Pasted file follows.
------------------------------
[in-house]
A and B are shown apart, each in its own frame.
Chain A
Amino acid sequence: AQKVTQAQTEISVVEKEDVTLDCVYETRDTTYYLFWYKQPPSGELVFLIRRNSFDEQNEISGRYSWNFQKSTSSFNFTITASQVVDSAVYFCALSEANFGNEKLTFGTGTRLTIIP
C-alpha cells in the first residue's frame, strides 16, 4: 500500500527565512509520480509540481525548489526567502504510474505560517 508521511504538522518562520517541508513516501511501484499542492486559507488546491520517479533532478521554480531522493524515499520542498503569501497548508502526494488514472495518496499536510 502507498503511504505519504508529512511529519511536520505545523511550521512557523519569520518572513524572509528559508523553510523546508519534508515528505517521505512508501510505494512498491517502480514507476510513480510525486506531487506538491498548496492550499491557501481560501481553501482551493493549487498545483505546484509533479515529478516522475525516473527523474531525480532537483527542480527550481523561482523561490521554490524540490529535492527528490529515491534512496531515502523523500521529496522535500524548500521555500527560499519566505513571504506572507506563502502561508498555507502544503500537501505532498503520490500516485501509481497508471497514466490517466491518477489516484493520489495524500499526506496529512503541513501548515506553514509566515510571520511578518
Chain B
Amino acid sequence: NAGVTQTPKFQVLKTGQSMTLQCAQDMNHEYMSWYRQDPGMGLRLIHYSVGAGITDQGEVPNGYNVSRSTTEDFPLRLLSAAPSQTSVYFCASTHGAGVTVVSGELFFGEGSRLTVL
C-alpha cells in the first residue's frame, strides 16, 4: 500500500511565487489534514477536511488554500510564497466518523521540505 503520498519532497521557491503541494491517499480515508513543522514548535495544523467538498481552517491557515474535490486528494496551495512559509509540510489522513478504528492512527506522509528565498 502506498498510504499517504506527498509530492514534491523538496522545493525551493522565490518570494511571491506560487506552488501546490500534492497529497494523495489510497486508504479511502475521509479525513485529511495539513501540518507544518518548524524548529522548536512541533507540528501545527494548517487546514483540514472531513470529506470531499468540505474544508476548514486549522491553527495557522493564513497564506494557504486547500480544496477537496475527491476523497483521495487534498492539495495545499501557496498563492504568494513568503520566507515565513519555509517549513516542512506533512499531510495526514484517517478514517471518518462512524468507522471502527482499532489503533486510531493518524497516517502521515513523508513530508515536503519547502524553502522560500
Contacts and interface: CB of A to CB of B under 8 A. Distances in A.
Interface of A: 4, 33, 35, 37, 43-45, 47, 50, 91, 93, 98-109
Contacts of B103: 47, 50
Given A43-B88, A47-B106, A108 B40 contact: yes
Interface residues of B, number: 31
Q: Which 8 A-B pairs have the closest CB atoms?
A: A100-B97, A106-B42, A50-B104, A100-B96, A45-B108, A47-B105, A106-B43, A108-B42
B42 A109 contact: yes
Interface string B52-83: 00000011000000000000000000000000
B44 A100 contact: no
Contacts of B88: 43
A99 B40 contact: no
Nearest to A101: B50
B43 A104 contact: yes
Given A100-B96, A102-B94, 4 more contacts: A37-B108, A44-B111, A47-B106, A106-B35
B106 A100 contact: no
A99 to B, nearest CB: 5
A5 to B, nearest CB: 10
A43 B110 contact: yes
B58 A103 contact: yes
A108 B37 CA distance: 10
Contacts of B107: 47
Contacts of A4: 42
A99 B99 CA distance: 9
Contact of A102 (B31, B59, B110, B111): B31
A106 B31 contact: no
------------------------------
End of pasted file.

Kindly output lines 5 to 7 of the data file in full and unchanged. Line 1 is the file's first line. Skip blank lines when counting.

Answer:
C-alpha cells in the first residue's frame, strides 16, 4: 500500500527565512509520480509540481525548489526567502504510474505560517 508521511504538522518562520517541508513516501511501484499542492486559507488546491520517479533532478521554480531522493524515499520542498503569501497548508502526494488514472495518496499536510 502507498503511504505519504508529512511529519511536520505545523511550521512557523519569520518572513524572509528559508523553510523546508519534508515528505517521505512508501510505494512498491517502480514507476510513480510525486506531487506538491498548496492550499491557501481560501481553501482551493493549487498545483505546484509533479515529478516522475525516473527523474531525480532537483527542480527550481523561482523561490521554490524540490529535492527528490529515491534512496531515502523523500521529496522535500524548500521555500527560499519566505513571504506572507506563502502561508498555507502544503500537501505532498503520490500516485501509481497508471497514466490517466491518477489516484493520489495524500499526506496529512503541513501548515506553514509566515510571520511578518
Chain B
Amino acid sequence: NAGVTQTPKFQVLKTGQSMTLQCAQDMNHEYMSWYRQDPGMGLRLIHYSVGAGITDQGEVPNGYNVSRSTTEDFPLRLLSAAPSQTSVYFCASTHGAGVTVVSGELFFGEGSRLTVL